When to say 'thank you' to your boss

Gratitude is an essential tool to navigating the workplace, especially when that workplace is overseen by a belligerent and insecure boss, according to a new study.

Yeri Cho, a fourth-year Ph.D. candidate at USC Marshall, and Nathanael Fast, assistant professor of management and organization at Marshall, examined "the interactive effects of power, competency threats and gratitude expression on the tendency to denigrate others."The launching point was a recent article showing that gratitude expression boosts a sense of social worth.

"Maybe if powerful people received gratitude expression from their subordinates and felt socially valued, they would reduce their aggression toward others," Cho said.

To test this hypothesis, Cho and Fast conducted two experiments. Based on those experiments, they concluded: "Power holders whose competence has been threatened are more likely than others to denigrate and receiving gratitude expression has self-affirming effects for insecure power holders."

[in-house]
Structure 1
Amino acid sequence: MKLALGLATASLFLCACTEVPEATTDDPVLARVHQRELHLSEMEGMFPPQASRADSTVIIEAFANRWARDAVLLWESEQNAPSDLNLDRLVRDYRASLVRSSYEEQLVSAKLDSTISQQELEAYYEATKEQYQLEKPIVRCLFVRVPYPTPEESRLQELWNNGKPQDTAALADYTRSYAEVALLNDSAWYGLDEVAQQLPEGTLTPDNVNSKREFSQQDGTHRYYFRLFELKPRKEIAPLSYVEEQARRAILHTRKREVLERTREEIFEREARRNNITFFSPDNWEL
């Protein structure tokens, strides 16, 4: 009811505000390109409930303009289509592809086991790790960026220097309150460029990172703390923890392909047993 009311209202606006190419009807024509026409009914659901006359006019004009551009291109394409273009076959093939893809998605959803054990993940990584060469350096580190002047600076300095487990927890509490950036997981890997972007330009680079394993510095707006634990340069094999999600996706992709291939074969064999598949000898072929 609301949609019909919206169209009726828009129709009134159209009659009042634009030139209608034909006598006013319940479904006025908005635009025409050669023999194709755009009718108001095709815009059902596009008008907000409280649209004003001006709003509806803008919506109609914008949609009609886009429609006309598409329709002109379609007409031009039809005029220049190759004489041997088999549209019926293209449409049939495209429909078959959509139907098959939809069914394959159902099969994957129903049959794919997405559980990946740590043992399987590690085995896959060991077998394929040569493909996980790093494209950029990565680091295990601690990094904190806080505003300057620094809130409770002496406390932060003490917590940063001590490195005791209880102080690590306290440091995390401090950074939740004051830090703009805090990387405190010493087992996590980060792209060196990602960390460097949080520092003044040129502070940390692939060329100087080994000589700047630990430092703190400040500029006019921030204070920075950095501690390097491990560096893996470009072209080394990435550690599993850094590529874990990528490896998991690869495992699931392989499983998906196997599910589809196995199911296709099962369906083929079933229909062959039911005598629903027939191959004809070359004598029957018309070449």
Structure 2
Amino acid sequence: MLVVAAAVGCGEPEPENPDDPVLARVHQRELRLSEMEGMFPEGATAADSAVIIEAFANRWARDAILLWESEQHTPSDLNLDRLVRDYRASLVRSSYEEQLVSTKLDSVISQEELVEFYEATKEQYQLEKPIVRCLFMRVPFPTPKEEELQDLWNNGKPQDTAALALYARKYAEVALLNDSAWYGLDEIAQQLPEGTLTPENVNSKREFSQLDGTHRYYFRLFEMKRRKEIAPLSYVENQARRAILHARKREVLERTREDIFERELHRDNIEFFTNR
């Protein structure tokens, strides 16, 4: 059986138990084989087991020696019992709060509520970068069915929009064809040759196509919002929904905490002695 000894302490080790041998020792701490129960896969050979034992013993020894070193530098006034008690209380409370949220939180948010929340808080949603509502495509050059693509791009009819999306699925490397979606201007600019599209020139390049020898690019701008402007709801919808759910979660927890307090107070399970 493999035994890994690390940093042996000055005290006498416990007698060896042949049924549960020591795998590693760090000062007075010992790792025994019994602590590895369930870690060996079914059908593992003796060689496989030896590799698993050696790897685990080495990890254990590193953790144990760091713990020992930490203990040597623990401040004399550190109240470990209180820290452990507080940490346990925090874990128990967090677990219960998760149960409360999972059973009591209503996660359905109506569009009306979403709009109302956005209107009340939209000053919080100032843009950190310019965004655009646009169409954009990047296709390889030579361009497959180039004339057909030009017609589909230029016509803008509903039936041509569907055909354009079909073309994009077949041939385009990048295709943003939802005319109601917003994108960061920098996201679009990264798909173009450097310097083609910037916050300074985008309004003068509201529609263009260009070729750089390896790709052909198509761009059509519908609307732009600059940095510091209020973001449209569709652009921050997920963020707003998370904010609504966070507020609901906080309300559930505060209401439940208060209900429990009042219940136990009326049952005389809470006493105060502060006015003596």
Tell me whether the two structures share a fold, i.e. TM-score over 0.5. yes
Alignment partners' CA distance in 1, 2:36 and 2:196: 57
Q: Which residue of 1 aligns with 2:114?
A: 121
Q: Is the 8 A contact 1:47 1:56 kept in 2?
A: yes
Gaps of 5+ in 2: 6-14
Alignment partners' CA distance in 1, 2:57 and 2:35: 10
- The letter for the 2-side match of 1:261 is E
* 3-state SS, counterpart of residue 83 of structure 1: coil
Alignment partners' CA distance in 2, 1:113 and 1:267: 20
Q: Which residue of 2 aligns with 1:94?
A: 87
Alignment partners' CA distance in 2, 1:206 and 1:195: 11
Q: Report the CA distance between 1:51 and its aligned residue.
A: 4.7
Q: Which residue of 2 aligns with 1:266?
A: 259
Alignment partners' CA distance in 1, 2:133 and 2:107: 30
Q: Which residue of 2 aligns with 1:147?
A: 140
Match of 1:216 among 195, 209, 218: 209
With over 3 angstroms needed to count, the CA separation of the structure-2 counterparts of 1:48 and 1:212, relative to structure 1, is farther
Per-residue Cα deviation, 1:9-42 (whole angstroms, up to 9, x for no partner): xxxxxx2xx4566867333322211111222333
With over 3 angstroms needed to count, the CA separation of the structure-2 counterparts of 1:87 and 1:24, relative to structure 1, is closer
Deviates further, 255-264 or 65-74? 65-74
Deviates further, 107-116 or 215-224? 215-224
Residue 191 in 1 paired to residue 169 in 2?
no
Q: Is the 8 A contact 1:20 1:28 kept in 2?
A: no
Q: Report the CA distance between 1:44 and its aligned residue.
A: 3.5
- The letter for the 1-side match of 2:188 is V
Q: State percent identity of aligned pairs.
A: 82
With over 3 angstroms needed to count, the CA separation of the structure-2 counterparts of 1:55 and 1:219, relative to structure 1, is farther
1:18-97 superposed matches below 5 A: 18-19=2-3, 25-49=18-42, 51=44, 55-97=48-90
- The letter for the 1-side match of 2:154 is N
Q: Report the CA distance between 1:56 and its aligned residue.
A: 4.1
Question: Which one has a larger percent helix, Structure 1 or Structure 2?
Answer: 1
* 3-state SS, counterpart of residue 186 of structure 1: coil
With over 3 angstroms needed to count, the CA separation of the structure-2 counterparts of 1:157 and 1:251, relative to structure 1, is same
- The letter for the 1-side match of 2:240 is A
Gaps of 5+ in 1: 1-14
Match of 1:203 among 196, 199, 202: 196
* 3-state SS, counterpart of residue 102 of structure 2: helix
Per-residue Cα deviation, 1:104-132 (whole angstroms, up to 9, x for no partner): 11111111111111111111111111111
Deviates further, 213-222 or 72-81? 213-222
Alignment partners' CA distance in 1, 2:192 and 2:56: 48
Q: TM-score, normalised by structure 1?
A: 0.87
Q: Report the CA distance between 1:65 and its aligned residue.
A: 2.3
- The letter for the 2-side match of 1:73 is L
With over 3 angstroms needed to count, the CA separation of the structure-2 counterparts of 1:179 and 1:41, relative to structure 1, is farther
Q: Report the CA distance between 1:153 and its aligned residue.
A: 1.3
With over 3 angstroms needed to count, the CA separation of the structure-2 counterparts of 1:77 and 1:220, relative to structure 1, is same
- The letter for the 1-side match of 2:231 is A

In the first experiment, Cho and Fast examined whether power paired with threatened competence would lead to denigration of a partner.

Additionally, they tested whether gratitude expression by the partner would alleviate this tendency.

To accomplish this, they told research subjects they were being divided into two-member teams and that their other "teammate" was in another room and able to communicate via written notes.

They were next asked to write instructions for how to assemble an object clearly enough so someone else could assemble it. Then they were asked to review a draft of the instructions—ostensibly written by their partner, but really written by the experimenter—and provide feedback.